Material advisors include promoters who earn or expect to earn at least a specified amount from any reportable transactions, such as $50,000 in gross income when a reportable transaction provides substantially all the tax benefits to individuals. To be a material advisor to a transaction, a party must provide material aid, assistance, or advice with respect to the organizing, managing, promoting, selling, implementing, insuring, or carrying out of any reportable transaction.

In recent years, the IRS has promulgated administrative guidance in an attempt strengthen the law’s definition of a tax shelter promoter and the law’s requirements for tax shelter disclosure, attempting to expand the scope of tax shelter promoters to include ‘‘persons principally responsible for organizing a tax shelter as well as persons who participate in the organization, management or sale of a tax shelter’’ and any person who is a ‘‘material advisor’’ on a tax shelter transaction.

In addition to statutory and regulatory requirements and prohibitions, federal courts have developed over the years a number of common law doctrines to identify and invalidate illegal tax shelters, including the economic substance, business purpose, substance-over-form, step transaction, and sham transaction doctrines.

IRS investigations targeting tax promoters, material advisors, and tax preparers often involve “reportable” transactions. Reportable transactions include:

  • Listed Transactions

    A transaction that is the same as or substantially similar to one of the types of transactions that the IRS has determined to be a tax avoidance transaction and identified by notice, regulation, or another form of published guidance as a listed transaction.

  • Confidential

    Transactions offered under conditions of confidentiality.

  • Contractual Protection

    Transactions that are offered with the right to a full or partial refund of fees if the IRS does not allow the tax benefit of the transaction.

  • Loss Transactions

    Certain losses under IRC §165.

  • Transactions of Interest (TOI)

    Transactions that the IRS and the Treasury Department believe to have the potential for tax avoidance or evasion, but lack sufficient information to determine whether the transaction should be identified specifically as a tax avoidance transaction. The TOI category of reportable transactions applies to transactions entered on or after November 2, 2006.

IRS Tax Promoter investigations include:

  • Section 6694 Investigations. Making an unreasonable understatement of tax liability on a client’s return.
  • Section 6695 Investigations. Failing to prepare tax returns accurately and with the proper formalities.
  • Section 6700 Investigations. Section 6700 imposes a penalty on persons who (1) organize or assist in the organization of any entity, plan, or arrangement or (2) participate, directly or indirectly, in the sale of any interest in an entity, plan, or arrangement. For the section 6700 penalty to apply, the person must also make, furnish, or cause another person to make or furnish (1) a gross valuation overstatement (as defined therein) as to any material matter or (2) a statement with respect to any tax benefit by reason of holding an interest in the entity or participating in the plan or arrangement.
  • Return Preparer Investigations involving the Office of professional responsibility (“OPR”). Referrals to OPR are mandatory following the assessment of any IRC 6694(b) penalty, e.g., a willful attempt to understate the liability for tax. A referral to the OPR is often made when any of the following penalties or sanctions are imposed:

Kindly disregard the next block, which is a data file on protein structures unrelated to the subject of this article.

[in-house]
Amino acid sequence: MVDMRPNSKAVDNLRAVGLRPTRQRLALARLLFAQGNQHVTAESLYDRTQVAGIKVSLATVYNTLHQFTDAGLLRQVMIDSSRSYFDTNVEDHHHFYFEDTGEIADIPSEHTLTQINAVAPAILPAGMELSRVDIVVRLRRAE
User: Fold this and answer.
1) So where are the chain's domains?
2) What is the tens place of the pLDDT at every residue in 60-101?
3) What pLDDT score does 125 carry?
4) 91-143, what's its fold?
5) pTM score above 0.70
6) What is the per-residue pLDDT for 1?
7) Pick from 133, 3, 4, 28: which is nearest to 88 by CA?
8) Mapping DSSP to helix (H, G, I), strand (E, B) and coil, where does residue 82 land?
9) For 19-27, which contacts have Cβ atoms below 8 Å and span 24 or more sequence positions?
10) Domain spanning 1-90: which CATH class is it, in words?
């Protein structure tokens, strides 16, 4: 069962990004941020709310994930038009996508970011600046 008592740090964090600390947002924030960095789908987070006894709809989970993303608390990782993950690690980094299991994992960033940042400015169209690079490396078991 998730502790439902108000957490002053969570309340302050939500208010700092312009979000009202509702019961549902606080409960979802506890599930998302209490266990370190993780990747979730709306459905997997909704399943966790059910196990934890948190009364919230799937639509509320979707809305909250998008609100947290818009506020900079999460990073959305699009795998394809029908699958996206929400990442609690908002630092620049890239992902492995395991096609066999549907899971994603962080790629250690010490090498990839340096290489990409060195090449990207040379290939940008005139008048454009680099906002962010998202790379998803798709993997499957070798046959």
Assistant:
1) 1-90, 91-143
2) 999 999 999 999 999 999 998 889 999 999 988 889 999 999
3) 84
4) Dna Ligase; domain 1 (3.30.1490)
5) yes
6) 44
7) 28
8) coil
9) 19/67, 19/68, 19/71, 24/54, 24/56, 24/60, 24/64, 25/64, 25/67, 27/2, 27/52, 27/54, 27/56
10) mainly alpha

• 6700 – Promoting abusive tax shelters
    • 6701 – Aiding and abetting understatement of a tax liability
    • 7407 – Injunction of a tax return preparer
    • 7408 – Injunction for specified conduct relating to tax shelters and reportable transactions
  • Return Preparer Investigations involving IRS Criminal Investigation Division (“CID”). The IRS’s CID investigates suspected criminal tax violations, such as, preparing or filing, or assisting in preparing or filing false documents, and attempts to evade assessment or payment of tax. IRS CID has responsibility to investigate violations of the Internal Revenue Code’s substantive criminal tax provisions, such as, § 7201 attempted evasion, § 7203 failure to file or pay, § 7206 subscription of false documents, § 7212(a) corrupt endeavors to obstruct or impede the administration of the Internal Revenue Code, with exceptions noted below, and § 7212(b) forcible rescue of seized property; the Bank Secrecy Act 31 U.S.C. § 5311 et seq.; and the money laundering forfeiture and criminal provisions in 18 U.S.C. §§1956 and 1957.
  • Section 6707. Section 6707 imposes a penalty on a material advisor who is required to file a return under section 6111(a) with respect to any reportable transaction, and who fails to file a timely return or who files a return with false or incomplete information with respect to the reportable transaction. The amount of the penalty for failing to timely file or filing a return with false or incomplete information with respect to any reportable transaction other than a listed transaction is $50,000. For listed transactions, the amount of the penalty is the greater of (1) $200,000, or (2) 50 percent of the gross income derived by the material advisor with respect to aid, assistance, or advice that the material advisor provides with respect to the listed transaction before the date the return is filed under section 6111. If the penalty is imposed with respect to a listed transaction and the failure or action subject to the penalty was intentional, the penalty is the greater of (1) $200,000, or (2) 75 percent of the gross income derived by the material advisor with respect to aid, assistance, or advice that the material advisor provides with respect to the listed transaction before the date the return is filed under section 6111.